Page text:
Cornelius Fichtner: Your presentation, basically has four parts - context, collaboration, communication, conclusion. We're going to follow that along a little bit. So let's start out with the context. What is the definition? What do we need to know as a basis to better understand global, distributed, virtual teams?
Jesse Fewell: Well the operating definition is this, that a remote team or virtual team is one where at least one person is not working in your office.
Cornelius Fichtner: Just one?
Jesse Fewell: At least one. As soon as we start just having the one person, a seven-person team and there's just one person dialing from home and we're all going to meet him in the conference room together, oh, we'll just dial in Sanjiv. Sanjiv is now an outsider. And we're going to be talking and collaborating over the bridge phone, over the polycom in the desk but Sanjiv isn't going to be having that same in-room dynamic that we're having. He may not be able to physically hear some of the sidebar conversations. And imagine, when we compound that problem when we're talking about three different offices on the polycom together, sidebar conversations, different dynamics in the room and then you add on top of that language, and you add on top of that different real cultural norms, and now we've got a real communication issue. So if you start understanding that equality starts with all of us, now working together on the same understanding and assumptions, that's the operating definition.
Cornelius Fichtner: All right.
Jesse Fewell: That's the context that I think we're driving with.
Cornelius Fichtner: You've already talked about a few warning signs that you should start thinking about with the lack of side conversations and communication. What are the warning signs do you see with these global, distributed, virtual teams that we need to consider and think about?
Jesse Fewell: The number one thing is unspoken frustration.
Cornelius Fichtner: Oh.
Jesse Fewell: Unspoken frustration that I can't believe I have to stay in for the daily – the check-in call. Or I can't believe that I have to wake up at 5 AM for this meeting with the executive at headquarters. And it's not fair that the Indian office, they speak Hindi half the time when we're on the conversations, whenever they're doing their sidebars, not only I don’t understand what their sidebar conversation is, it’s not fair. Or it's not fair that when I need people to get on the phone, they're taking a three-hour lunch. And we don't have common ground rules about that so, instead what we do is we complain. We complain privately to our co-workers that happen to be in our situation or we might complain to our boss, but we haven't taken the issue up vocally with a family conversation. Let's just have a family conversation. So as soon as you start feeling frustration, or pain, or confusion that isn't spoken, it starts to simmer a little bit. And that immediately impacts teamwork which immediately impacts productivity and coordination. And so the sooner you get this up and out into the open, I think, it's going to start to improve. That's the warning sign. When you start feeling stuff, frustrating and painful, and annoying and you don't hear anybody talking about it, that's the warning sign.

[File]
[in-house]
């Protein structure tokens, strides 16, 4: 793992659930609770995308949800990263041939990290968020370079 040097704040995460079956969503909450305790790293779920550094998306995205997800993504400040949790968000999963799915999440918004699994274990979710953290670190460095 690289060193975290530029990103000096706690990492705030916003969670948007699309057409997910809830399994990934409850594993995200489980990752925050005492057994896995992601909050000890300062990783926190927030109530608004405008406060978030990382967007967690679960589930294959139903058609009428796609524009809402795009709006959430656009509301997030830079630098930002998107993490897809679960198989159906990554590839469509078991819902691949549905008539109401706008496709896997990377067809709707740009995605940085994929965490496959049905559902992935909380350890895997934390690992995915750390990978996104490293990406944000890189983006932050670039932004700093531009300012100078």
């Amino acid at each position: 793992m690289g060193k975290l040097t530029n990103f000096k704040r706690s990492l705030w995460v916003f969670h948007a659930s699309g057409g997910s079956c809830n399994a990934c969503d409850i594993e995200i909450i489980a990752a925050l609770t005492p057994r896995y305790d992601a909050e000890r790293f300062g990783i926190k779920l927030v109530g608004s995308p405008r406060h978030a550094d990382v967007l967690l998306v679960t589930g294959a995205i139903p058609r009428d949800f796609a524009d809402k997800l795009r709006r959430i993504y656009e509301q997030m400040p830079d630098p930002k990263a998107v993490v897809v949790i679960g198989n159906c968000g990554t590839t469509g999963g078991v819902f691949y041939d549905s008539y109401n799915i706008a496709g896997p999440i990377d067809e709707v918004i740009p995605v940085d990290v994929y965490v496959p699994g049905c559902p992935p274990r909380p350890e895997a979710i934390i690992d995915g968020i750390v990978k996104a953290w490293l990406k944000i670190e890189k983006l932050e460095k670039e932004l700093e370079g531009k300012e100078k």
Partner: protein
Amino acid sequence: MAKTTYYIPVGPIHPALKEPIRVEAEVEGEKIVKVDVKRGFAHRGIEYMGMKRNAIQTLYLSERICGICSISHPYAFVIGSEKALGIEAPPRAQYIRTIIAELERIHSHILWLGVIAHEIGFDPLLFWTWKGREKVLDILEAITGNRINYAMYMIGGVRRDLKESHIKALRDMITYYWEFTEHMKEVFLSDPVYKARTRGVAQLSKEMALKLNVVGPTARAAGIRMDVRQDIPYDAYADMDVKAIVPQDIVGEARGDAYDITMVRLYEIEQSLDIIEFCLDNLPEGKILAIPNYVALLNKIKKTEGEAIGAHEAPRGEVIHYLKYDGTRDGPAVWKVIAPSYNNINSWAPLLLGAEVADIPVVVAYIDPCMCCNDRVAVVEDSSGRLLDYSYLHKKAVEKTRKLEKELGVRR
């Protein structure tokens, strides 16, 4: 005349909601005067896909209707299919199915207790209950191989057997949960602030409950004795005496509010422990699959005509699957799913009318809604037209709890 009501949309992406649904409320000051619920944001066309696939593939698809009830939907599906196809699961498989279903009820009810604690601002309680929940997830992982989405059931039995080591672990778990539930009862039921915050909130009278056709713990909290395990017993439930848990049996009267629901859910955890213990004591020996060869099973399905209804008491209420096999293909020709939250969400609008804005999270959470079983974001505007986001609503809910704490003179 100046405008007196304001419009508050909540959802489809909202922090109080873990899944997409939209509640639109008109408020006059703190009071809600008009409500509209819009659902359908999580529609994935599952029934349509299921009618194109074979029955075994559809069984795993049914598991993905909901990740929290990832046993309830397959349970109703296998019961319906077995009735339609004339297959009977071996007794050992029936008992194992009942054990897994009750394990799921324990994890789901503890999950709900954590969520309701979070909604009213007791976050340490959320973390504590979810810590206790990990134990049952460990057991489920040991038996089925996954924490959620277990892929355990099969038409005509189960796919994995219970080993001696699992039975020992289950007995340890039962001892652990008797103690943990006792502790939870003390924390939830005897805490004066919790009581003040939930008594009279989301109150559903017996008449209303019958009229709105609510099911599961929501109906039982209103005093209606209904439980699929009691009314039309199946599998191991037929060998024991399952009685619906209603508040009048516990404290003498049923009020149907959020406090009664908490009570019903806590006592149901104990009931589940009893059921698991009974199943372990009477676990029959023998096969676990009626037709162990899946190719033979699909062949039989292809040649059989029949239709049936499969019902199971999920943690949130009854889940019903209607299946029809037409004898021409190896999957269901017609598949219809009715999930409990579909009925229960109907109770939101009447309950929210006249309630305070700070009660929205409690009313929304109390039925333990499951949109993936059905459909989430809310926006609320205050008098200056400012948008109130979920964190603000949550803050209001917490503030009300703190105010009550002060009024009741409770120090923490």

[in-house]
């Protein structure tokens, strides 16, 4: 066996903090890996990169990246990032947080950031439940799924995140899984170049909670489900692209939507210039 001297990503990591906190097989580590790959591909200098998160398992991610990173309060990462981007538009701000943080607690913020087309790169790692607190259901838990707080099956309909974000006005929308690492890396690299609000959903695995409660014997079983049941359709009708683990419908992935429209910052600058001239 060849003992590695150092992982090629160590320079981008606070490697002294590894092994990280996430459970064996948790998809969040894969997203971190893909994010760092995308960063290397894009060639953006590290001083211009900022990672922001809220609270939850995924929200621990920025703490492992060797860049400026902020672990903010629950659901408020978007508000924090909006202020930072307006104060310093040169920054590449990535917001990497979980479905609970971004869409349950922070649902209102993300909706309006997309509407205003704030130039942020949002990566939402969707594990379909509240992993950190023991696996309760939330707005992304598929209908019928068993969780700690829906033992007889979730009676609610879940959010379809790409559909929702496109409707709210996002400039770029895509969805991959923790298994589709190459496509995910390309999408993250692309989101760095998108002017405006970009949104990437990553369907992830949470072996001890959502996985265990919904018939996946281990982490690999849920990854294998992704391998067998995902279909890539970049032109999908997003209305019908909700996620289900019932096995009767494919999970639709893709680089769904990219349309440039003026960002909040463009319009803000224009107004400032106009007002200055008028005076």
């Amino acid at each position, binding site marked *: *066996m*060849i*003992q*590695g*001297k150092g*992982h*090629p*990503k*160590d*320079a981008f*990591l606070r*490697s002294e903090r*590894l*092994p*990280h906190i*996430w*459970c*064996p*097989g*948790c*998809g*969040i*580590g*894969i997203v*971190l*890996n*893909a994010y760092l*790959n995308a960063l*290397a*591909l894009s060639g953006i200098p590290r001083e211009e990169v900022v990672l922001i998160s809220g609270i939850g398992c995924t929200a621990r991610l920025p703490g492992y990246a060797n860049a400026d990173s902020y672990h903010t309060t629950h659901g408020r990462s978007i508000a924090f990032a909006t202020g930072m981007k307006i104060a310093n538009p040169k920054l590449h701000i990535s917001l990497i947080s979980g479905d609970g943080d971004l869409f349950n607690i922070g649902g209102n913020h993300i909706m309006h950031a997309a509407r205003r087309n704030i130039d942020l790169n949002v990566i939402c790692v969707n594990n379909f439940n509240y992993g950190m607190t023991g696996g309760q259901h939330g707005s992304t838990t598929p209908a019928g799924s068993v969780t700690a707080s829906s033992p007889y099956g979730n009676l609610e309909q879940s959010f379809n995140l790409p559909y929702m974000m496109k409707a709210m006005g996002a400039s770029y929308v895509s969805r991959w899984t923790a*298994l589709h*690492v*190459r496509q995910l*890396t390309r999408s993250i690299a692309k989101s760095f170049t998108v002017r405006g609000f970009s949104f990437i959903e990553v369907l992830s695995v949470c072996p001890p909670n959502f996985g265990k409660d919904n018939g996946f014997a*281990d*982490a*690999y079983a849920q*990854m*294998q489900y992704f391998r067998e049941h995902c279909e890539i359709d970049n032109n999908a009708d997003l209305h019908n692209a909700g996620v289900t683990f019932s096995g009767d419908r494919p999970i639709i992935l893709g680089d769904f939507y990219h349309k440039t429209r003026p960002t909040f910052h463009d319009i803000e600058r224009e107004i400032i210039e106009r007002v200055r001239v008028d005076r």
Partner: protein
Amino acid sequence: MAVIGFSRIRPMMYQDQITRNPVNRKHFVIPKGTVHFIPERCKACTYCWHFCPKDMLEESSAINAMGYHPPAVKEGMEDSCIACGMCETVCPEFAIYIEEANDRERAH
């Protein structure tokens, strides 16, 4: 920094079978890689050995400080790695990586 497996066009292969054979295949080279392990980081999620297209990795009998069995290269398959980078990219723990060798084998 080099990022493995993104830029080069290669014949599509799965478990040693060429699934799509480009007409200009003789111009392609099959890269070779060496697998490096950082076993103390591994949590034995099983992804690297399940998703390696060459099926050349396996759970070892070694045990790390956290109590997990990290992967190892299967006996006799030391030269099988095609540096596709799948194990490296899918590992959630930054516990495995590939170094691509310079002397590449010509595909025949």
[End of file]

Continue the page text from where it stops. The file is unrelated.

Cornelius Fichtner: The obvious follow-up question is how do I get it out into the open? I'm putting myself into the shoes of a project manager right now who has a virtual team. Everything is doing great, from my perspective, because I don't hear any complaints. So, how do I know that there are frustrations out there? What do I have to do in order to make people stand up and say, you know what, this isn't working.
Jesse Fewell: Well, one of the key words every project manager should know is Kaizen. And you should - every project manager worth his salt will have regularly scheduled Kaizen conversations. Whether you have Agile retrospective or whether you have Lessons Learned meeting in the middle of the project, not waiting until the end of the post-mortem. And in those meetings, you have to put your facilitator hat on. Instead of your coordinator hat, you put your facilitator hat on and say, okay, I realized that maybe things looked great from my perspective but we believe in ruthless improvement. We believe that the status quo by definition is not what it should be. We believe in continuous improvement that by definition, whatever we are doing today is not what we could be doing. And so, that would be the first thing. And then, set some ground rules that this is the one conversation that I'm vowing not to chime in as the project manager because I'm putting my facilitator hat on instead of my coordinator hat. So create the space for safe conversation. Give it a name, give it like the Kaizen meeting or the lean workout or the Agile retrospective. Give it a name so that people know that's the forum where they could do it. Or maybe you designate somebody as the process improvement champion, then we don't have to wait for the regularly scheduled meetings.
Cornelius Fichtner: If you have a problem, go complain to Susan. She will take it up.
Jesse Fewell: Yeah exactly, the Scum master or if you're doing that, maybe the PMO or somebody who's designated as the person who’s willing to foster conversation about not doing stupid things anymore.
Cornelius Fichtner: All right, wonderful. So much for the first part of your presentation, the context. We're moving on to collaboration. What are some collaboration considerations?